These April showers won’t produce any flowers for awhile. Three days of howling winds, blowing and drifting snow and single-digit temperatures left us longing for the end of winter. Fighting the wind and snow to travel to the barn three times a day, as well as the chicken house and various outbuildings where all the other critters reside left tempers frayed and patience on the wane. Fortunately we suffered no power outages which would have left heat lamps off and water bowls frozen. I suppose in that event we would have had to move everybody inside! I say that jokingly–I cannot imagine any more animals in the house. We let Rosie move in for the duration, and Bleu the cat resides inside year ’round. The baby chicks are thriving in the laundry room but are rapidly outgrowing the rabbit cage. The weather is going to have to change so we can shuffle everybody around a bit!
A drift created in front of the door to the goose house made things a little interesting. After being penned in for three days, they were soooooo glad to get outdoors, only to be confronted with a mountain of cold, white stuff. They squawked and flapped about trying to sort out what to do next. They finally made it to high ground where the snow had blown away a bare patch and spent the day circling around in high dudgeon.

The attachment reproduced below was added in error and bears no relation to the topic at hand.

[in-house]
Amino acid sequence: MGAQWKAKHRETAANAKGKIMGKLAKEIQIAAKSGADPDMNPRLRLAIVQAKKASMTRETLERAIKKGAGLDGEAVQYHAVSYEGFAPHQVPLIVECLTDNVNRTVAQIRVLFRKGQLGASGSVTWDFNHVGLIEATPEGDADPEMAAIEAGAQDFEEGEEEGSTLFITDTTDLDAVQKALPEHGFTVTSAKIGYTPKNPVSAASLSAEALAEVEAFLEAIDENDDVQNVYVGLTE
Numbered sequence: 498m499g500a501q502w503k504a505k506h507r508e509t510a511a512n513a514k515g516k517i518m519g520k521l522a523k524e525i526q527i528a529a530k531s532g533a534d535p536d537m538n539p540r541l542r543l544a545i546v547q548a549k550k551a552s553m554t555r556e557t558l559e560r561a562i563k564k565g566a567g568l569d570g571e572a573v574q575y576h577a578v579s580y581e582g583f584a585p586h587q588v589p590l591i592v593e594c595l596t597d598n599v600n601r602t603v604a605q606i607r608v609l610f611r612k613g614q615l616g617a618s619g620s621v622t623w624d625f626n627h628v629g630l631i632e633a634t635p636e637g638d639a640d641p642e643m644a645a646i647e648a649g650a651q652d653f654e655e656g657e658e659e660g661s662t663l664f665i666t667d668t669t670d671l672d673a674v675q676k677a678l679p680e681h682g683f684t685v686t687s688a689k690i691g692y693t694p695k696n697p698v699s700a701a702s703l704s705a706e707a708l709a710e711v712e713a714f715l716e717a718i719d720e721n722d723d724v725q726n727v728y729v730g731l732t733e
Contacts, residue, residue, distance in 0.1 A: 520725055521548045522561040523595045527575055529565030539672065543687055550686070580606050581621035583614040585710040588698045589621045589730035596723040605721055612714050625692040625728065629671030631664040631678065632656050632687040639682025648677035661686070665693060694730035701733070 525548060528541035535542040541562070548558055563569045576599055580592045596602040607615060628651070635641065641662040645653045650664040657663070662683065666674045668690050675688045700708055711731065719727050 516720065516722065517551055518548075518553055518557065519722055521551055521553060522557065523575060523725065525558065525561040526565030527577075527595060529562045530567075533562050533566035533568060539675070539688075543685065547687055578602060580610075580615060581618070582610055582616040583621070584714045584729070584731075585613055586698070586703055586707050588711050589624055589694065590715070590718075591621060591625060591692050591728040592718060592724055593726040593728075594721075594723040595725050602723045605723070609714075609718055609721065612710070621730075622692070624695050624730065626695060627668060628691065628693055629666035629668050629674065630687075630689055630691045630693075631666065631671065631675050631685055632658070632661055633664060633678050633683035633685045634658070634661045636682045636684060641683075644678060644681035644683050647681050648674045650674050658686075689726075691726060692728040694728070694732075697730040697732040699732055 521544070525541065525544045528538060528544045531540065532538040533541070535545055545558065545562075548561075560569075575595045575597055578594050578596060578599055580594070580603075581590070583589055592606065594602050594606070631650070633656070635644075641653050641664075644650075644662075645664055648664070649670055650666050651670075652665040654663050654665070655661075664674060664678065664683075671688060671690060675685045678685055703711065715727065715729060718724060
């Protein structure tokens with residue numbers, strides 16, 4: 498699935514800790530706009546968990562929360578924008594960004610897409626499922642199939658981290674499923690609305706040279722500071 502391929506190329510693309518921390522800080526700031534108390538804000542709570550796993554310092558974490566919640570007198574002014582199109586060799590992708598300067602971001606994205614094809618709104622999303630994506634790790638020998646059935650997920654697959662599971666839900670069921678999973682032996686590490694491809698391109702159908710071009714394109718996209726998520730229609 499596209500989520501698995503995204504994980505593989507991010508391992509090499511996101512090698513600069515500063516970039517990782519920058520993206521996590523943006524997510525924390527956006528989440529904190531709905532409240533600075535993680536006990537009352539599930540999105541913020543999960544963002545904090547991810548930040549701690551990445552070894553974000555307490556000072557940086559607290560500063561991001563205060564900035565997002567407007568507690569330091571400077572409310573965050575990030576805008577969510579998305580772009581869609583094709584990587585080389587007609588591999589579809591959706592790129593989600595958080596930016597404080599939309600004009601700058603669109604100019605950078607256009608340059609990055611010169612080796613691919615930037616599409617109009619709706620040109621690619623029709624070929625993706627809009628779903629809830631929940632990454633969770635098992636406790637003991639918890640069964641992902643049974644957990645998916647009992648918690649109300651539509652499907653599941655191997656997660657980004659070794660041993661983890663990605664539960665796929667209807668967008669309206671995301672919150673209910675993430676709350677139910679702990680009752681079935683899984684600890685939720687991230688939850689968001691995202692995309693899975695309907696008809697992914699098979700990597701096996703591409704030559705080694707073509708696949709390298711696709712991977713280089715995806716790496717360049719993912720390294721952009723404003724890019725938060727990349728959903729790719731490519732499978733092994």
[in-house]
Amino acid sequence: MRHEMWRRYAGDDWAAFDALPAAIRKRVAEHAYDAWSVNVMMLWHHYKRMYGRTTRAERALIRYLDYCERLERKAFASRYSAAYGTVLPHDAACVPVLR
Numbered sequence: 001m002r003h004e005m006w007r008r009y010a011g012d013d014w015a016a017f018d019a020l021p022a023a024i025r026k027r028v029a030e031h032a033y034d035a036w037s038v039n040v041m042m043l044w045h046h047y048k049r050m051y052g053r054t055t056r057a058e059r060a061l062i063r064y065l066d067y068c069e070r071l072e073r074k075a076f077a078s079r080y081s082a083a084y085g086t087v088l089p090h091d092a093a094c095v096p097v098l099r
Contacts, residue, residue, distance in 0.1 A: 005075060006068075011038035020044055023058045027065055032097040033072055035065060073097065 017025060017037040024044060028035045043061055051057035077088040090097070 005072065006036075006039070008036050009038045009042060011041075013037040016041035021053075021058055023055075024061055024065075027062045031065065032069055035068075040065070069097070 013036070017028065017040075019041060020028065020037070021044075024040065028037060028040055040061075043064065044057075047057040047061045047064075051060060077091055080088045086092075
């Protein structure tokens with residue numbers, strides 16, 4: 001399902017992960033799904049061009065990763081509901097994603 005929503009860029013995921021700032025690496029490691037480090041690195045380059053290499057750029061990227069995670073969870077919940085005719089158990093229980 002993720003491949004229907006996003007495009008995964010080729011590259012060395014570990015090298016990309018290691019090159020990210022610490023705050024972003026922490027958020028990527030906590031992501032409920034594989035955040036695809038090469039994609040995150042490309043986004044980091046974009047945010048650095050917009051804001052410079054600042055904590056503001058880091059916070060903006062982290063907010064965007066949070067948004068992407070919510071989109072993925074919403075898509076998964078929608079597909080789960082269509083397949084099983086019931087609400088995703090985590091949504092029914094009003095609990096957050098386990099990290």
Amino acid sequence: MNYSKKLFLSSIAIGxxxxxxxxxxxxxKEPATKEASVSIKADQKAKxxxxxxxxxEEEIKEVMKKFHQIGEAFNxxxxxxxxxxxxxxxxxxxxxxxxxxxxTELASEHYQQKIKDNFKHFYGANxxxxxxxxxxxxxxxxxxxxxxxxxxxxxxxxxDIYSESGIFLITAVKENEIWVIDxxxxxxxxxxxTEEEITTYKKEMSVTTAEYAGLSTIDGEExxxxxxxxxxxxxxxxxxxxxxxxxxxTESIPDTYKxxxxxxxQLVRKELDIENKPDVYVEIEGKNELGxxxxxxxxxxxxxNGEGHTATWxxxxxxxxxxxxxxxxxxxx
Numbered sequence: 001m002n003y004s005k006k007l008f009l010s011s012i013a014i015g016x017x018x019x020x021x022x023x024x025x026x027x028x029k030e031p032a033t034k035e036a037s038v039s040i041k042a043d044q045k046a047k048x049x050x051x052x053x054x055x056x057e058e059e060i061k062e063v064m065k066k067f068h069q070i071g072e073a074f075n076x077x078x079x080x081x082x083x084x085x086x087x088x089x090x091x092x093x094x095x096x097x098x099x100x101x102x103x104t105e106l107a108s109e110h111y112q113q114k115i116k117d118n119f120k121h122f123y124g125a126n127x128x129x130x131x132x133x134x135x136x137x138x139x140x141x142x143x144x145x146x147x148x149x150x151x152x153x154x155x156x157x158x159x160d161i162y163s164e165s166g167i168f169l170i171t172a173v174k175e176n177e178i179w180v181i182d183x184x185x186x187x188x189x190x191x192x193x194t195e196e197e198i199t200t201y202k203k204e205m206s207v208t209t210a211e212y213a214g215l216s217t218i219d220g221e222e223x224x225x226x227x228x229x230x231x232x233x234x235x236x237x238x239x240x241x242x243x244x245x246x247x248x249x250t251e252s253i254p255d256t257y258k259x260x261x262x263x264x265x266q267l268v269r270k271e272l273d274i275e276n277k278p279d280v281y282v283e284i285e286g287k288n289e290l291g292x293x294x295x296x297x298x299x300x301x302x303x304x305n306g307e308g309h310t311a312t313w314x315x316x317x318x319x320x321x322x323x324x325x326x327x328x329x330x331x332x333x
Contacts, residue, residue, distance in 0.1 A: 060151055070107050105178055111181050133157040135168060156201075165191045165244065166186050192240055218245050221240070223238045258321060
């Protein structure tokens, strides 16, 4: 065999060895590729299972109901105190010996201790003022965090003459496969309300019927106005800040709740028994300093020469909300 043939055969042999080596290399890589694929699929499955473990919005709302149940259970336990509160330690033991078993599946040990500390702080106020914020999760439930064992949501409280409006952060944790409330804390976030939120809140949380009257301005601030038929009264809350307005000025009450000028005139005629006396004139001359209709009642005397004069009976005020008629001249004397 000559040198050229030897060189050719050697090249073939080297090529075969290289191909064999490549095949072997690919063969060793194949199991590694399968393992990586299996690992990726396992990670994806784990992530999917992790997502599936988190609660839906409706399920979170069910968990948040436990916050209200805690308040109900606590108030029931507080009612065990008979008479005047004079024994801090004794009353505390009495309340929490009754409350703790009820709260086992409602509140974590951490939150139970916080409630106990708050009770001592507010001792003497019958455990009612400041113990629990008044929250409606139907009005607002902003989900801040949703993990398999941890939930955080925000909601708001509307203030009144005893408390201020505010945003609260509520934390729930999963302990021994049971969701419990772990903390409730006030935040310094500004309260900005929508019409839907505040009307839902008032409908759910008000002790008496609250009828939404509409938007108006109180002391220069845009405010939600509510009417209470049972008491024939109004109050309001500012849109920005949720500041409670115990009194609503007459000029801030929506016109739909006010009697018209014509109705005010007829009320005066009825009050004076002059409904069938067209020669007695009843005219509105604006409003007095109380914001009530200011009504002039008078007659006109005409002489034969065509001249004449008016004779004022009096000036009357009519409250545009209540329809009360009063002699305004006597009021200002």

The bird diner was doing a bang-up business. Our feathered friends huddled in the pine tree nearby and took turns visiting the feeders for a quick bite. Snow piled up near the bay window and framed the view.
Bleu’s favorite bird watching post is obscured by snow piled up outdoors. He waits impatiently, tail twitching back and forth and makes little snarling sounds as if to say, “enough of this already!”
The Roosevelt is a 1930’s gift from FDR and the Civilian Conservation Corp (CCC). This wintry shot serves as a reminder of how life used to be before indoor plumbing. And we came too close for comfort. Life in the country can get complicated when the septic tank quits functioning and we recently experienced just such an event. Fortunately we made the decision to save the Roosevelt. But that’s another story.